U.S. Space Command Sets Sights on more Agile Platforms for Space Reconnaissance

A recent article published on spacenews.com covers a speech given by the U.S. Space Command deputy commander, Lt. Gen. John Shaw, in which Shaw describes how he envisions the future of U.S. intelligence satellite architecture. In his speech, Shaw mentions the current methodology for space assets is to minimize required movements in orbit in order to preserve precious fuel – which often results in the end of service life of a satellite once depleted. Shaw mentioned this is particularly constraining for the government’s most expensive and valuable assets: geosynchronous situational awareness satellites which are made to last for decades at a time. Instead, Shaw proposes future assets that will need to become more maneuverable so they can adapt to specific situations and better monitor the activities of our adversaries.

Shaw mentions several possible solutions to accomplish this goal including refueling ports on new satellites that allow them to be replenished in orbit and lower cost satellites that would burn fuel quickly and be replaced at faster intervals. Ultimately the solution would be formed through efforts taken on by the Space Force, but Shaw is hoping for preliminary demonstrations for sustained space maneuvers by 2026.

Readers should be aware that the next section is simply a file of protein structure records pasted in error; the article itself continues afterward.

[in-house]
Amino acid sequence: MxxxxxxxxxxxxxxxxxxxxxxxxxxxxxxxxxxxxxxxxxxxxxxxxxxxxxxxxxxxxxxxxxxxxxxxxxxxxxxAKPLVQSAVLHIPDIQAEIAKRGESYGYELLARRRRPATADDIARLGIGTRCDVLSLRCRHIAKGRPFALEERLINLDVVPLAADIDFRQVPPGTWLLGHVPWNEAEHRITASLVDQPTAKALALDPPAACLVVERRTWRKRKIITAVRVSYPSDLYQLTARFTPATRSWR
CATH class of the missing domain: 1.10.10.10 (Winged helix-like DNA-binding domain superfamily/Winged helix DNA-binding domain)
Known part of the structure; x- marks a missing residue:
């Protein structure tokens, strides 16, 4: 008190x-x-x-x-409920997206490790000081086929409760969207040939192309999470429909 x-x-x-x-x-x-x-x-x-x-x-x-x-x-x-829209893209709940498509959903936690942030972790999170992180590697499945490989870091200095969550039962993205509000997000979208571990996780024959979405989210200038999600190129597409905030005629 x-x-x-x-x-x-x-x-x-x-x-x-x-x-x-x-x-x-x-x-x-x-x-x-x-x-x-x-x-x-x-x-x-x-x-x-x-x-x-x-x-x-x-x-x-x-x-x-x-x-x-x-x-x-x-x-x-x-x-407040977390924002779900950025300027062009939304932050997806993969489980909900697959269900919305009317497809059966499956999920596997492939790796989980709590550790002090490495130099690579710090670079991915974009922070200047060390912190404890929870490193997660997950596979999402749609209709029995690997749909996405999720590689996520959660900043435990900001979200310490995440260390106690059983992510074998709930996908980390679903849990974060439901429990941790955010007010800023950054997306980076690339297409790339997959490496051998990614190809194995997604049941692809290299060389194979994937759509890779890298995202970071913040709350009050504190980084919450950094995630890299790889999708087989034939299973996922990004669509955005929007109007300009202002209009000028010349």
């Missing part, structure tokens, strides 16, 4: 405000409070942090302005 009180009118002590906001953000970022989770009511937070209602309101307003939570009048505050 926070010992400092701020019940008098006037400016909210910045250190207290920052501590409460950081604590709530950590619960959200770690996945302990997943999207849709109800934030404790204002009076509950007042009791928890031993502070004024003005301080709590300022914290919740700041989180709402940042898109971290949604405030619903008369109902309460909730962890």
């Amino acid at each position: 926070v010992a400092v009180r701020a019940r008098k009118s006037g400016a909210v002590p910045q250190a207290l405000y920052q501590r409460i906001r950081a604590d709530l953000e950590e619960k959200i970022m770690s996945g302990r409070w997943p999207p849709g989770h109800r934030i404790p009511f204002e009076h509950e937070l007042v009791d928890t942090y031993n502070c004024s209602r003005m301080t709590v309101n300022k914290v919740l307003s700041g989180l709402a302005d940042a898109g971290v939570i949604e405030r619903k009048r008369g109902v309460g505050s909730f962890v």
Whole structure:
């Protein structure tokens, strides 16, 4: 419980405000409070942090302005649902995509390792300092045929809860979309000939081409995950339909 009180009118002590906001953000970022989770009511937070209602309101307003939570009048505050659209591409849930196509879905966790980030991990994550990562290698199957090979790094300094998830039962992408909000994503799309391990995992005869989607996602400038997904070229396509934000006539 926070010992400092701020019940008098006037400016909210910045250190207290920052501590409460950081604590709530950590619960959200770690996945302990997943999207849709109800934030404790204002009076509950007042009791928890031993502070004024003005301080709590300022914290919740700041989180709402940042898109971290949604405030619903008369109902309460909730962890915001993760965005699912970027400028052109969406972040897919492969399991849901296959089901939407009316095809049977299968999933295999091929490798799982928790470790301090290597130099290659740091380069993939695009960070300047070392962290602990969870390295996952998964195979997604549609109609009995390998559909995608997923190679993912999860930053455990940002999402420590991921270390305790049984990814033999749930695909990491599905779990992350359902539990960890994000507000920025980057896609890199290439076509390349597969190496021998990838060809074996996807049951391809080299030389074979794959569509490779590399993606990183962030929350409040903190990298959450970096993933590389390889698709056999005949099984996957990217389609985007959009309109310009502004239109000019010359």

The cybersecurity implications of this shift in thinking will cut both ways. On the positive side – more maneuverable satellites would potentially fair better against any brute physical or energetic attacks to damage or destroy. The additional maneuverability would allow them to move out of harms way if need be. Alternatively, there are several new vulnerabilities that could be introduced using this new approach. First, we may see more attention from attackers to access thrusters and take advantage of the additional fuel to throw a satellite out of orbit. Additionally, Shaw mentions the use of a “commercial refueling services”. Services like these would add many more points of entry to a potential attack – since the refueling vehicles could be compromised themselves or act as trojan horses when interfacing to expensive assets in orbit. There would need to be established security protocol in place in order to ensure the commercial refueling device poses no harm to the satellite asset it is refueling.

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